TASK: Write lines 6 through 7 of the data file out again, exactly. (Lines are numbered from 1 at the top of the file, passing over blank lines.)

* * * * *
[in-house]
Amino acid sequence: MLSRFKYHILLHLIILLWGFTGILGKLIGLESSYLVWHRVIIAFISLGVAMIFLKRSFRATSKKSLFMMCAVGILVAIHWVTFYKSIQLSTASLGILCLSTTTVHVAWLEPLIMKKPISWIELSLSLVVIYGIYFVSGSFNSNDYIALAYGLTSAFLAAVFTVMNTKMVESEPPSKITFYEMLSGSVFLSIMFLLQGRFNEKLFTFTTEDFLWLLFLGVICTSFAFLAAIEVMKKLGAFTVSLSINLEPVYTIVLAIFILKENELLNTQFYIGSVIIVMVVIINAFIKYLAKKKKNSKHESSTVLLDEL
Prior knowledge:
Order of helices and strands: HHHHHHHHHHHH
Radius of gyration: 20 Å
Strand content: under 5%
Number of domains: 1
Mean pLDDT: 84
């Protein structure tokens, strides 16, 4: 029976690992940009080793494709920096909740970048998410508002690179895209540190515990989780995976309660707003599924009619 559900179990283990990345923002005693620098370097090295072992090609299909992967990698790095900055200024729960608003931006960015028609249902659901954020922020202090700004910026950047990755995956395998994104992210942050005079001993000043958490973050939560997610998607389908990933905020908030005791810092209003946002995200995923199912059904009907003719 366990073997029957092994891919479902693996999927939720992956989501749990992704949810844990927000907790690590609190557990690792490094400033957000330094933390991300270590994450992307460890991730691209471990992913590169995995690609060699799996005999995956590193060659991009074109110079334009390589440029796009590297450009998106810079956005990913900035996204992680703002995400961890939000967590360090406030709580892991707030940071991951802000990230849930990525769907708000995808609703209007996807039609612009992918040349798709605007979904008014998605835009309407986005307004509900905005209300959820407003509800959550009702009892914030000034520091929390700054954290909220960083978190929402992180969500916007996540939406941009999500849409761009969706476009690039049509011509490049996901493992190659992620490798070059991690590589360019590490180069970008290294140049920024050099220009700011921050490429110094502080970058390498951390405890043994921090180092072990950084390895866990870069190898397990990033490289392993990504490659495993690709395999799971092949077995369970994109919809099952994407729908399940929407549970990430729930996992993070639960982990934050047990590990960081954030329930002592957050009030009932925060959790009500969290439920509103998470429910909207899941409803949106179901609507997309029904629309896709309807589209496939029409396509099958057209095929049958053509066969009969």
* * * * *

Strand content: under 5%
Number of domains: 1